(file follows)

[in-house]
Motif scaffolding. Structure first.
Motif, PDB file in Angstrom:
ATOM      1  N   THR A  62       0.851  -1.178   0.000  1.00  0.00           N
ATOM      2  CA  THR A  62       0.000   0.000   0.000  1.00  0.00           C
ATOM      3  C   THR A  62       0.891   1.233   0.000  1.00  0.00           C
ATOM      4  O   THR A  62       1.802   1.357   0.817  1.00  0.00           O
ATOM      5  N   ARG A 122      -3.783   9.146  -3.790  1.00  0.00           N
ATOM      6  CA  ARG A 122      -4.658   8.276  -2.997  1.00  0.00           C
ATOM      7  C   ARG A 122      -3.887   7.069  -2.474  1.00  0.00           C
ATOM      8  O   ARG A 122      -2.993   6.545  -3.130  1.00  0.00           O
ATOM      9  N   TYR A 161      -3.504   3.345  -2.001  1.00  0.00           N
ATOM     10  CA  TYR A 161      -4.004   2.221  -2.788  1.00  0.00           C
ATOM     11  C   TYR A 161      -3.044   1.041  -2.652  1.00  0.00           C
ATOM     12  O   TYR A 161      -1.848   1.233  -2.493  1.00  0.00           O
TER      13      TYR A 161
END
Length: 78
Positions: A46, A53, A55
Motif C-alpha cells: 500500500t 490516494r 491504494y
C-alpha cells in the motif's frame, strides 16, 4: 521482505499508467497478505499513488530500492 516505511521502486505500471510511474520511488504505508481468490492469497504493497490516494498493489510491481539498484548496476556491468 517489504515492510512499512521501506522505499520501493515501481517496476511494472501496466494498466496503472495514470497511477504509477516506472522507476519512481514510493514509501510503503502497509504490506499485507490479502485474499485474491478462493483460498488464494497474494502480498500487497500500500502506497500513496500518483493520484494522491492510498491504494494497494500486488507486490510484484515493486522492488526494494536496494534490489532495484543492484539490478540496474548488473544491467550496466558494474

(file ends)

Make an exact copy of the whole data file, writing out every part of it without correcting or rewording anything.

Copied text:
[in-house]
Motif scaffolding. Structure first.
Motif, PDB file in Angstrom:
ATOM      1  N   THR A  62       0.851  -1.178   0.000  1.00  0.00           N
ATOM      2  CA  THR A  62       0.000   0.000   0.000  1.00  0.00           C
ATOM      3  C   THR A  62       0.891   1.233   0.000  1.00  0.00           C
ATOM      4  O   THR A  62       1.802   1.357   0.817  1.00  0.00           O
ATOM      5  N   ARG A 122      -3.783   9.146  -3.790  1.00  0.00           N
ATOM      6  CA  ARG A 122      -4.658   8.276  -2.997  1.00  0.00           C
ATOM      7  C   ARG A 122      -3.887   7.069  -2.474  1.00  0.00           C
ATOM      8  O   ARG A 122      -2.993   6.545  -3.130  1.00  0.00           O
ATOM      9  N   TYR A 161      -3.504   3.345  -2.001  1.00  0.00           N
ATOM     10  CA  TYR A 161      -4.004   2.221  -2.788  1.00  0.00           C
ATOM     11  C   TYR A 161      -3.044   1.041  -2.652  1.00  0.00           C
ATOM     12  O   TYR A 161      -1.848   1.233  -2.493  1.00  0.00           O
TER      13      TYR A 161
END
Length: 78
Positions: A46, A53, A55
Motif C-alpha cells: 500500500t 490516494r 491504494y
C-alpha cells in the motif's frame, strides 16, 4: 521482505499508467497478505499513488530500492 516505511521502486505500471510511474520511488504505508481468490492469497504493497490516494498493489510491481539498484548496476556491468 517489504515492510512499512521501506522505499520501493515501481517496476511494472501496466494498466496503472495514470497511477504509477516506472522507476519512481514510493514509501510503503502497509504490506499485507490479502485474499485474491478462493483460498488464494497474494502480498500487497500500500502506497500513496500518483493520484494522491492510498491504494494497494500486488507486490510484484515493486522492488526494494536496494534490489532495484543492484539490478540496474548488473544491467550496466558494474